menu

Traditional Chinese Landscapes Are Actually Pictures Of Landfills [Pics]

Traditional Chinese Landscapes Are Actually Pictures Of Landfills [Pics]
culture

Artist's photographs mimic classic painting style but with contemporary subject matter.

Daniela Walker
  • 8 march 2013

You would be forgiven for thinking that artist Yao Lu‘s latest work was a foray into nostalgia, simply replicating traditional 10th century Chinese paintings. In fact, these aren’t paintings at all but photographs, and the classic Chinese landscape of mountains and mist is actually landfills and Photoshop.

yao-lu-landfill-photographs11

In his photo series, New Mountain and Water, Lu recreates the idyllic countryside that has been reshaped by an ever-growing population and the resulting pollution that comes from 1.3 billion people. The green ‘mountains’ that Lu photographs are actually gargantuan piles of trash covered by government-required netting. He then adds the elements that transform the photo into a bucolic scene with mist, pagodas, rivers and the traditional red stamp of the artist. Lu’s photographs contrast China’s current reality with its rural pre-industrial past and create a commentary on the increasing effect urbanization has on the environment.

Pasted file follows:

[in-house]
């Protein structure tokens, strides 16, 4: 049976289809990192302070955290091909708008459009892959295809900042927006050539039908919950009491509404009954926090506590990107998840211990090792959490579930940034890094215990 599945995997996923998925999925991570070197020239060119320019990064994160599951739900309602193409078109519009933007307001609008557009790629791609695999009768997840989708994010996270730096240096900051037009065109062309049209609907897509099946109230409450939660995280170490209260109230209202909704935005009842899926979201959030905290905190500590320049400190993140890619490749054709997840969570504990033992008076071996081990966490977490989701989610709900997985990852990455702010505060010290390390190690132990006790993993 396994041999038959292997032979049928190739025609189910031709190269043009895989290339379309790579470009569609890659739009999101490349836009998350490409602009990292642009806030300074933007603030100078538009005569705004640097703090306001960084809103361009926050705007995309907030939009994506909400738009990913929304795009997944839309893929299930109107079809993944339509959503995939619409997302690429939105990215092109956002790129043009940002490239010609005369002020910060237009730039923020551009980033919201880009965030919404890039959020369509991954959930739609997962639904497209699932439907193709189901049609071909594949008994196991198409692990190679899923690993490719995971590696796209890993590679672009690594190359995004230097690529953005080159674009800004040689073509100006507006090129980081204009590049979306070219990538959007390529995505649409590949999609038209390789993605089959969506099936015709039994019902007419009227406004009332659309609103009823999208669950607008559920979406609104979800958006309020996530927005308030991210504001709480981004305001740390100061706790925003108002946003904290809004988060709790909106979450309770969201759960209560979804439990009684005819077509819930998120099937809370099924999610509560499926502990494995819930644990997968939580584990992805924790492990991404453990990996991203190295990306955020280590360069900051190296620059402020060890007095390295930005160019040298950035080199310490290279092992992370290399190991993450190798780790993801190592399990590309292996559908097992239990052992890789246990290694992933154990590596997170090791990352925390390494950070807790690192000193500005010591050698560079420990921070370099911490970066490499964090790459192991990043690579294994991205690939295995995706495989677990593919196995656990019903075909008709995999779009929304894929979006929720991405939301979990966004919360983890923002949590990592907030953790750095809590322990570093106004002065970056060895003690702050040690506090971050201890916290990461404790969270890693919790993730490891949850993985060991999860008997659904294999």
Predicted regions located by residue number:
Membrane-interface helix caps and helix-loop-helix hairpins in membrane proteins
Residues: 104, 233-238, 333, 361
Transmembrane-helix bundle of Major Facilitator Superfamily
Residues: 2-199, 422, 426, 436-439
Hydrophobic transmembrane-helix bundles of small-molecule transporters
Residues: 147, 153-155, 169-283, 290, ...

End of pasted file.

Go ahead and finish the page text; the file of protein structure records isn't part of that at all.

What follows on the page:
Says the artist:

My works use the form of traditional Chinese painting to express the face of China. Today, China is developing dramatically and many things are under constant construction. Many things have disappeared and continue to disappear… in these works, you see images that are both real and fictional.

Click below to see more of Lu’s landfill landscapes below:

Yao Lu

+#culture
+Art
+Asia
+china
+culture
+Innovation
+pollution
+Sustainability
+work
Trending

Wearable Serves As A Digital Guide For People With Visual Impairments

Baby Boomers
NEW TREND REPORT


RETAIL SNAPSHOT IN LA

A neighborhood-by-neighborhood guide to the city's retail experiments.

DOWNLOAD TODAY

PSFK EVENTS


PSFK 2017 Conference

Ranked #1 of the Most Innovative Conferences of 2016 by Inc. Magazine


BUY YOUR TICKETS, MAY 19

Arts & Culture Yesterday
Design & Architecture february 24, 2017
No search results found.